The evening came early, thanks to yet another time–the time of daylight savings, which come to think of it is also capitalist time too. The scheduled talk at the library–my reason today for visiting our radical literature collection–by the Machete collective on intersectionality had just been canceled (hence my conversation with Ben and others), because someone had cross scheduled Francis Fox Piven nearby, on the general assembly stage. She spoke briefly, before jumping into a lovely Q&A dialogue, noting the power of the occupation movement, and remarking that unlike many other social movements, “no one knows when it will end.” Her words reminded me that, yes, perhaps we still are on occupation time–where we are creating a life worth living on our own terms, without knowing where such a life will end up or how long it will take us to get there, since we’ve never done this before. She spoke of the importance of us establishing the physical place of occupation, like picket lines of old, affording us a place to check in with others, to find out what’s happening, to connect with others, and so on. And she underscored that this social movement, like others, will have many ups and downs. But the source of our influence, she observed, is that “we are speaking the moral truth about American politics—extreme inequality, solidarity and empathy and sympathy for all people, for poor people. We in the end are going to triumph, because if we don’t there may be no future at all.” Ah, back to capitalist time, the time we know well: no future.
I milled around in the twenty minutes between her talk and our general assembly, watching so many smart and anticapitalist folks leave after hearing Piven speak. I wondered why they didn’t stay for the GA, this GA, our fourth and potentially final night of discussion about “Should we stay or should we go, or both?” given the looming possible threat of “eviction” given that the city plans to start its $50 reconstruction of our plaza into a playground for the rich, which (cynically in my view) offers some crumbs for the working class in the form of mostly temporary jobs and what seems a crass use of public transit accessibility improvements so that people won’t complain about the playground. Tonight’s GA was intended to help us develop a proposal for Friday’s GA, so that we can use our usual directly democratic process to settle on an official Occupy Philly plan about occupying this space and/or another, and/or expanding. To its credit, the facilitation and direct democracy working group has been helping us occupiers work through a dialogic process to hash out all the options and controversies, all the pros and cons and logistics, all the fears and hopes, of what staying put, moving, or doing both would entail, and the discussion has only seemed to strengthen resolve to stand our ground, on our terms, and create more trust and respect between those participating in the GAs of late. So I couldn’t help but feel sad, again, that so many people who’d been here at the occupation since the first were leaving after Piven’s talk and before this crucial GA.
Yet there, at our GA, other folks came, including some of faces I hadn’t seen in a few days or a week, and the GA space filled up, as we packed close to the stage for a new experiment: the spectrogram. Using our bodies–or as a friend has recently and so eloquently phrased it to me, using our “bodies against power”–we literally walked ourselves through a series of questions related to staying, going, expanding, and combinations thereof. Our facilitators had us stand, forming a half-circle, and with each question we’d move to one “extreme” of the half-circle or the other–signaling “yes” or “no” to the particular question–or move toward its middle if we felt “neutral.” Then, one or two people from each of the three parts of this half-circle explained why they were standing in that spot, with no one able to speak more than once. I saw more laughter than usual; more conversation among people who were only meeting for the first time, and seemingly good ones (for instance, I ended up chatting with someone who is studying political philosophy and shares my passion for Hannah Arendt’s work, among other enjoyable discussion topics); and more concise and inspiring statements than usual, as various people rose to the occasion of describing why they’d chosen a physical position on our spectrogram of occupation. One of my dear friends were particularly articulate at one point, when I was still uncertain why I was standing where I was (it was OK to move around, if you became convinced of another part of the half-circle during these discussions), and another friend said to him, “That was your Braveheart moment!” I heard people speak who I’ve never heard speak before. So many smart, thoughtful comments, and so much “fun,” as the facilitators promised, moving around and visually seeing the results of our deliberations.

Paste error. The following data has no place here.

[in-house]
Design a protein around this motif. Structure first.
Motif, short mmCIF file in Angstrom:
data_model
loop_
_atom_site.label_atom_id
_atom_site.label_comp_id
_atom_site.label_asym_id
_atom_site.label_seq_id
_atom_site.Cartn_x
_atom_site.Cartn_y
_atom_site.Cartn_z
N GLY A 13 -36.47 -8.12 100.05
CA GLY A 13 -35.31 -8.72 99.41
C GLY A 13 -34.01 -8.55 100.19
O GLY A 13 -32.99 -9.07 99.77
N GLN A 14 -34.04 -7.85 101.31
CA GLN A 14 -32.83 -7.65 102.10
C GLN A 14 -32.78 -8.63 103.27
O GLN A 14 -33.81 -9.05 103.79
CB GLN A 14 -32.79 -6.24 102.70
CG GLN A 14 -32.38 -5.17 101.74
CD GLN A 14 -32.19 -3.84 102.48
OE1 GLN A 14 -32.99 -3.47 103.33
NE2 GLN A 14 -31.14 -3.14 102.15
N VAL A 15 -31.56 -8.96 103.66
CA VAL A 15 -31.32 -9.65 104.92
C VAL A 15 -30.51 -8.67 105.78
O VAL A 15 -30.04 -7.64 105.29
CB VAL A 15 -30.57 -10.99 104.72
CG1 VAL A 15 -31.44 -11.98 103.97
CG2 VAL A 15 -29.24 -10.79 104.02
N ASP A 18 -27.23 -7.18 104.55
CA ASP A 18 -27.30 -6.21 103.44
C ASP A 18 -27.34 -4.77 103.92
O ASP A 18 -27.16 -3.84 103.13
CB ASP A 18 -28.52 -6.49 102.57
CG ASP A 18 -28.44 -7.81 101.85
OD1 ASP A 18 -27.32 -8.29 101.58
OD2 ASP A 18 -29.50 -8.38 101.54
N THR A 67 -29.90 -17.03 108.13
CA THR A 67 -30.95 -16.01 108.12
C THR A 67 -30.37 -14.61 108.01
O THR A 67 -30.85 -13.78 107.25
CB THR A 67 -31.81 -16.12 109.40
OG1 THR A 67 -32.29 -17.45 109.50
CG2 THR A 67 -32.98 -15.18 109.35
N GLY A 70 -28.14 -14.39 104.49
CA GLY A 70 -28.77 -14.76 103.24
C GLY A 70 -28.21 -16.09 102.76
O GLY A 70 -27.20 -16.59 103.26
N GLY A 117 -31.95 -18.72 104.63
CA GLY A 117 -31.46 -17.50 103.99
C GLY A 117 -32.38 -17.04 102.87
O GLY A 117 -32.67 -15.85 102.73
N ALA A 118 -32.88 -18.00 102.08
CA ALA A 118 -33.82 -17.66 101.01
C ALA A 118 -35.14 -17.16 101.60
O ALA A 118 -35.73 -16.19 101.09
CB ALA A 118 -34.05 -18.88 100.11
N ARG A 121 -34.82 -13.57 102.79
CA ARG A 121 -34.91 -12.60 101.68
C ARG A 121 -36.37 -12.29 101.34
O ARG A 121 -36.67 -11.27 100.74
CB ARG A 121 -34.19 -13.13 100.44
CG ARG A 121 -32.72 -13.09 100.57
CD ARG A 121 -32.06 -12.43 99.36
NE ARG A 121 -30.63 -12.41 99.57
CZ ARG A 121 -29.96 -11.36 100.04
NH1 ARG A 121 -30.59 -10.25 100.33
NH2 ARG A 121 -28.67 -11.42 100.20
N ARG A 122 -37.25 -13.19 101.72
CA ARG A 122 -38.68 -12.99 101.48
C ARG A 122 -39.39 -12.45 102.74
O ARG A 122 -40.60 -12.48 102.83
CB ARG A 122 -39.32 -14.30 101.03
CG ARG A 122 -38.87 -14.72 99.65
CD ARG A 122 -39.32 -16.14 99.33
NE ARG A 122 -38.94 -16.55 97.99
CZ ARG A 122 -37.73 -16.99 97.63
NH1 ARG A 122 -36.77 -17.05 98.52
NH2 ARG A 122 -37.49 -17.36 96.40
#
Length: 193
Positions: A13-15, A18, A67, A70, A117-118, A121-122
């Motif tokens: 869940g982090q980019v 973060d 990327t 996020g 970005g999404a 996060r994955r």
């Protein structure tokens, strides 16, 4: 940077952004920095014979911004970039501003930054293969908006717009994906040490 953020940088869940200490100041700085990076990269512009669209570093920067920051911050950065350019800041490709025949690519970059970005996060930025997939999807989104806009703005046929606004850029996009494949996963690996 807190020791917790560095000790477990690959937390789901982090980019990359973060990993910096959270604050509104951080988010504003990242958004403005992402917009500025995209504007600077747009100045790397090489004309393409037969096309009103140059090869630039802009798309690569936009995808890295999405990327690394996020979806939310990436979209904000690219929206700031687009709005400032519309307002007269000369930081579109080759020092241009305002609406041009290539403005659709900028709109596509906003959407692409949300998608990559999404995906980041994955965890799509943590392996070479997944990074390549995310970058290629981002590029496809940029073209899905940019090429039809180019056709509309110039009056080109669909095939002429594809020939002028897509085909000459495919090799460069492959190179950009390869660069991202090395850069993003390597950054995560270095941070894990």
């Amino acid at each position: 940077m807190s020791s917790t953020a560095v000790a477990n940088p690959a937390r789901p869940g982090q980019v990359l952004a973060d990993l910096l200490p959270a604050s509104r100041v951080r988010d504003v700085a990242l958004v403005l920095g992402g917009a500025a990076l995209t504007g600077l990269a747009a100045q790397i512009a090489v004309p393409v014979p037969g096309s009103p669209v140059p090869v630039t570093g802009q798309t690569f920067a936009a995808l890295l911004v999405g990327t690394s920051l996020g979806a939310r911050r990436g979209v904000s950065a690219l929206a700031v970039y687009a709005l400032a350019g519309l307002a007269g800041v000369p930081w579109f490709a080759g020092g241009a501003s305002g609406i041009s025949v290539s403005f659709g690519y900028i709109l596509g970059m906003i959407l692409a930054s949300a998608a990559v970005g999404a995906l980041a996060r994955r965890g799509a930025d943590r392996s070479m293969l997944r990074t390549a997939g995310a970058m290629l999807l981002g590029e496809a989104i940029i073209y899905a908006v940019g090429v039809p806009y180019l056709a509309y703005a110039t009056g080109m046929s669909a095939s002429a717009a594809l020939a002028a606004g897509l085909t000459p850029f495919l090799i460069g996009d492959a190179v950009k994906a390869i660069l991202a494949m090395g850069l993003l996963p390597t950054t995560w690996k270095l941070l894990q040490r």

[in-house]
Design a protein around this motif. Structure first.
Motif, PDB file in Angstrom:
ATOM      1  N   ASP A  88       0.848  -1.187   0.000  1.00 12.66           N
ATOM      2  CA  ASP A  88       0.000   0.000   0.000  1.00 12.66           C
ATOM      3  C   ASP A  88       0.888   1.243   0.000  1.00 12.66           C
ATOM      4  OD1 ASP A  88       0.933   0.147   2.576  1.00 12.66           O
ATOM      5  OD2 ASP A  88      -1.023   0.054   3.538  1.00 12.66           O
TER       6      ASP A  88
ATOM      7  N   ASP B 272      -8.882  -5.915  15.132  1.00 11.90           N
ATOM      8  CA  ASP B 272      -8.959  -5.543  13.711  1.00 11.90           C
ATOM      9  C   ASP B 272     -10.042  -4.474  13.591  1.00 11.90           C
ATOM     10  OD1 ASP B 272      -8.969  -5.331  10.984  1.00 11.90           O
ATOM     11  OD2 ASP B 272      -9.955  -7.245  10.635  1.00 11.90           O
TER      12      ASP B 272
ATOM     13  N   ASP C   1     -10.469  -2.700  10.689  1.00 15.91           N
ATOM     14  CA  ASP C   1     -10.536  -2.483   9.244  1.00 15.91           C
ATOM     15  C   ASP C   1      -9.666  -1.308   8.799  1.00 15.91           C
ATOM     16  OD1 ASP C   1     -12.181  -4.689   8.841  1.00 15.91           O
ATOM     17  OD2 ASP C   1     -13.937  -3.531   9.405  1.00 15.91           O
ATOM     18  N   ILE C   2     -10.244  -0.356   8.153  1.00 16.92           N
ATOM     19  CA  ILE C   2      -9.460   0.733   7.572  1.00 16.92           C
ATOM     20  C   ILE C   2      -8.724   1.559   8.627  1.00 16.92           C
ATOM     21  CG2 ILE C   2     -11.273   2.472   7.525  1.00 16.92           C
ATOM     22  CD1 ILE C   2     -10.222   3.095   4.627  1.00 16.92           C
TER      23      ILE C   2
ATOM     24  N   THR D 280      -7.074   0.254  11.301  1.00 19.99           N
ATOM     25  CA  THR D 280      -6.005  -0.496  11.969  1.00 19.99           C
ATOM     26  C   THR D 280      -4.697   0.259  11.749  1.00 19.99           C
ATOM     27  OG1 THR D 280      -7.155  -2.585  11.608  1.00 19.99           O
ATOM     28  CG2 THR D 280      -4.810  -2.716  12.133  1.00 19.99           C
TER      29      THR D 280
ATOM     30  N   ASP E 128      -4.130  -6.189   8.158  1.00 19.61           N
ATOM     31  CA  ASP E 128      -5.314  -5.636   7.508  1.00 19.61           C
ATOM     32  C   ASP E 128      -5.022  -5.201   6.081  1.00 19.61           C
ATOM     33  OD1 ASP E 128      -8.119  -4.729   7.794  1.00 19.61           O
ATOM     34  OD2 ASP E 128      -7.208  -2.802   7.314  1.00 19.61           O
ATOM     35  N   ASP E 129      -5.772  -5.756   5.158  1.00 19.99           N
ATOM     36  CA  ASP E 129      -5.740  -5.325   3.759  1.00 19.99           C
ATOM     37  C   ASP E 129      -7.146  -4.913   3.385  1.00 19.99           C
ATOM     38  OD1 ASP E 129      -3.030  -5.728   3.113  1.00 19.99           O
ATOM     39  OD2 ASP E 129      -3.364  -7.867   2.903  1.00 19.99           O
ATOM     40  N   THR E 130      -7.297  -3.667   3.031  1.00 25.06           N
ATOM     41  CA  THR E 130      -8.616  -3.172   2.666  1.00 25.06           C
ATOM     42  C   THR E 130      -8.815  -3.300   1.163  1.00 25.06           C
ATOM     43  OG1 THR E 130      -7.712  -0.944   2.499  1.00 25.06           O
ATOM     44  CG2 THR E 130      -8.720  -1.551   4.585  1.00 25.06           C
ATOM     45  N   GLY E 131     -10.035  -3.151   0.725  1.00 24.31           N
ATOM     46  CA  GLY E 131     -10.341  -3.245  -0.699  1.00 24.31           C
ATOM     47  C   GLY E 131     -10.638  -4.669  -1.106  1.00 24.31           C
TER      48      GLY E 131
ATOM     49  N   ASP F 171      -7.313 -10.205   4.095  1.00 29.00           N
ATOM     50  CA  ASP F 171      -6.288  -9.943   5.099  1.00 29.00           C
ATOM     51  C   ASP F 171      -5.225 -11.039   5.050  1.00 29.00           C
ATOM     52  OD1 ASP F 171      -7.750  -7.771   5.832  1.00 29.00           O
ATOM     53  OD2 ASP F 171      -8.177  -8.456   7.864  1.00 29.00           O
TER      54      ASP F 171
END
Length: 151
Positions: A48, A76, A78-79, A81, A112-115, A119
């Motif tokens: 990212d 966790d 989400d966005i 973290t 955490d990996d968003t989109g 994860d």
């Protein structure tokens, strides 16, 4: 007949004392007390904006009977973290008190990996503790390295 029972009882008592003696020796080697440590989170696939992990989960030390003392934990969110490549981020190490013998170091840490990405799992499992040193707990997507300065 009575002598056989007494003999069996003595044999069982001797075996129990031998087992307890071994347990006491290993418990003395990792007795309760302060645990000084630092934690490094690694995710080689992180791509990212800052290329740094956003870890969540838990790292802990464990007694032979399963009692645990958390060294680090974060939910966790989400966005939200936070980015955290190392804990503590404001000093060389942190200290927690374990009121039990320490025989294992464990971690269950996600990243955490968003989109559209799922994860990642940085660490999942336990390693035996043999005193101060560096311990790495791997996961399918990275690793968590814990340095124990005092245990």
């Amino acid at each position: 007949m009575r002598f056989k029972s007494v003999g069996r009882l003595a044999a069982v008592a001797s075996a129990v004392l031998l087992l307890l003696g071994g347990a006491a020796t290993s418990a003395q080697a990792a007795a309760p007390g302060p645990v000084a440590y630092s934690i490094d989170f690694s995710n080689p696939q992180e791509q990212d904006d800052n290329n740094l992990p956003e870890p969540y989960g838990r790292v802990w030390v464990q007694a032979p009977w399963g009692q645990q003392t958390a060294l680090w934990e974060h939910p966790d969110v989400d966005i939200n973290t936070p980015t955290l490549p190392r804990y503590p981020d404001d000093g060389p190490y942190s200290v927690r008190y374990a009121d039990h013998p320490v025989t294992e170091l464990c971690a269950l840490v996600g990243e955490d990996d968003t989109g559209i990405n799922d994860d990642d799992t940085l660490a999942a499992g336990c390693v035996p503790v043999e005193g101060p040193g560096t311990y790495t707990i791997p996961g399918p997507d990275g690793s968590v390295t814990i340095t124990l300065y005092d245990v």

The spectrogram was, overall, pretty effective, although it definitely flattened out some of the nuance of the previous night’s conversations on the same topic, and seemed to narrow the options down too far, without considering–as someone later remarked–the “what if” questions of various scenarios. But we still have some work to do tomorrow night to craft a proposal about “staying, going, expanding” for Friday’s decision-making GA on this subject. And the spectrogram had the wonderful effect of infusing life back into the GA, back into our occupation, since it harkened back to our “early days” of things seeming shiny and new and fun. It’s not that Occupy Philly is stagnating, as one person commented this evening to me. But after just over a month in our existence–still a baby, really–it’s clearly time to rethink some of the ways we’ve been doing things, from tinkering with our direct democracy in small ways to make it more democratic (say, increasingly making sure we warn proposals in advance and put out written minutes of decisions afterward), to dealing with power-grab issues such as (to quote my friend and co-occupier from the formative days of this occupation, Sean aka Wispy), “The ‘Dudes Who Do Whatever the Fuck They Want to Do’ working group” versus “the ‘Cooler Heads Will Prevail’ collective”; to addressing reasons various people feel unsafe or unwelcome at Occupy Philly. It’s clearly time to draw in new folks, lots of new folks, especially as actively engaged occupiers, as well as to draw back “old” folks who seem to have slowly drifted away. That means bringing fun and community and that do-it-ourselves anew spirit back into what we do, in increasingly imaginative ways, but also reminding ourselves and each other that we’re part of a transformative moment around this continent and world, and even if that moment is stretching out far longer–and will stretch out far longer still–than we’d ever imagined it on that October 6 when we first occupied Philly’s city center, this is NOT the moment to let go, to leave, to back away, because such moments occur rarely in history. And transformation can go in many directions, including much worse than the conditions that our occupations are decrying.